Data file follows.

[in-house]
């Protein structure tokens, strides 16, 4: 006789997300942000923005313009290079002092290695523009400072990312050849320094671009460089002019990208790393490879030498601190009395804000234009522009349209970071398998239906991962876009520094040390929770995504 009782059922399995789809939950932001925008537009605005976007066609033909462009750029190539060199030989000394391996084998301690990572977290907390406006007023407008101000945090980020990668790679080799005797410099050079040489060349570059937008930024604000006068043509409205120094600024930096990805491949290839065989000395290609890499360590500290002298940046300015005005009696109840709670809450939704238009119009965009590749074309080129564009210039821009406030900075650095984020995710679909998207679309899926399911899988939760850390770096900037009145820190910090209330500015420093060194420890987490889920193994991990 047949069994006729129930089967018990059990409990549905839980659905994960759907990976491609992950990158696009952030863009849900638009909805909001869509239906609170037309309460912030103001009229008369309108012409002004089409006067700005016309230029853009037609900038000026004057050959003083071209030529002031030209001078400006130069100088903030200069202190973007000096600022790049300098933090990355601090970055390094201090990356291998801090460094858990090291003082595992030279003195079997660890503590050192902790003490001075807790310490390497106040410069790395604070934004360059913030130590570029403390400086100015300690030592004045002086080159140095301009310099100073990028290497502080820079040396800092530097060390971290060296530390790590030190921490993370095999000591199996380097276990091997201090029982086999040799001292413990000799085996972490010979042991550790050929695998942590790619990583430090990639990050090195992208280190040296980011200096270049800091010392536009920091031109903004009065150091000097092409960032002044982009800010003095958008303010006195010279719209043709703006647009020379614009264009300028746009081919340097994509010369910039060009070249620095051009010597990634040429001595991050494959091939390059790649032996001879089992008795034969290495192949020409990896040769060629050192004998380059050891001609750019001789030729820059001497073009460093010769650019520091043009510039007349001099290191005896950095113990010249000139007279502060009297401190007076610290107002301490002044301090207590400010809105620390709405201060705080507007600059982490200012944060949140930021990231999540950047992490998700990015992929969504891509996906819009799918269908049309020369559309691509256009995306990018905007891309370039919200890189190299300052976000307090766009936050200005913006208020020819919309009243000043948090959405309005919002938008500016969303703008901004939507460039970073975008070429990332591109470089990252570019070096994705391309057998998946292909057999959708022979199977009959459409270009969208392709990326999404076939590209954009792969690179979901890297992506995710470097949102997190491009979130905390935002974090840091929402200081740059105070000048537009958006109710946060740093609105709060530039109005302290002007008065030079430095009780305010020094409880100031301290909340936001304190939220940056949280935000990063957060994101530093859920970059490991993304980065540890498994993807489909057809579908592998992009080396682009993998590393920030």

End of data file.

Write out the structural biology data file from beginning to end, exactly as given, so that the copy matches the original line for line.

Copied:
[in-house]
């Protein structure tokens, strides 16, 4: 006789997300942000923005313009290079002092290695523009400072990312050849320094671009460089002019990208790393490879030498601190009395804000234009522009349209970071398998239906991962876009520094040390929770995504 009782059922399995789809939950932001925008537009605005976007066609033909462009750029190539060199030989000394391996084998301690990572977290907390406006007023407008101000945090980020990668790679080799005797410099050079040489060349570059937008930024604000006068043509409205120094600024930096990805491949290839065989000395290609890499360590500290002298940046300015005005009696109840709670809450939704238009119009965009590749074309080129564009210039821009406030900075650095984020995710679909998207679309899926399911899988939760850390770096900037009145820190910090209330500015420093060194420890987490889920193994991990 047949069994006729129930089967018990059990409990549905839980659905994960759907990976491609992950990158696009952030863009849900638009909805909001869509239906609170037309309460912030103001009229008369309108012409002004089409006067700005016309230029853009037609900038000026004057050959003083071209030529002031030209001078400006130069100088903030200069202190973007000096600022790049300098933090990355601090970055390094201090990356291998801090460094858990090291003082595992030279003195079997660890503590050192902790003490001075807790310490390497106040410069790395604070934004360059913030130590570029403390400086100015300690030592004045002086080159140095301009310099100073990028290497502080820079040396800092530097060390971290060296530390790590030190921490993370095999000591199996380097276990091997201090029982086999040799001292413990000799085996972490010979042991550790050929695998942590790619990583430090990639990050090195992208280190040296980011200096270049800091010392536009920091031109903004009065150091000097092409960032002044982009800010003095958008303010006195010279719209043709703006647009020379614009264009300028746009081919340097994509010369910039060009070249620095051009010597990634040429001595991050494959091939390059790649032996001879089992008795034969290495192949020409990896040769060629050192004998380059050891001609750019001789030729820059001497073009460093010769650019520091043009510039007349001099290191005896950095113990010249000139007279502060009297401190007076610290107002301490002044301090207590400010809105620390709405201060705080507007600059982490200012944060949140930021990231999540950047992490998700990015992929969504891509996906819009799918269908049309020369559309691509256009995306990018905007891309370039919200890189190299300052976000307090766009936050200005913006208020020819919309009243000043948090959405309005919002938008500016969303703008901004939507460039970073975008070429990332591109470089990252570019070096994705391309057998998946292909057999959708022979199977009959459409270009969208392709990326999404076939590209954009792969690179979901890297992506995710470097949102997190491009979130905390935002974090840091929402200081740059105070000048537009958006109710946060740093609105709060530039109005302290002007008065030079430095009780305010020094409880100031301290909340936001304190939220940056949280935000990063957060994101530093859920970059490991993304980065540890498994993807489909057809579908592998992009080396682009993998590393920030």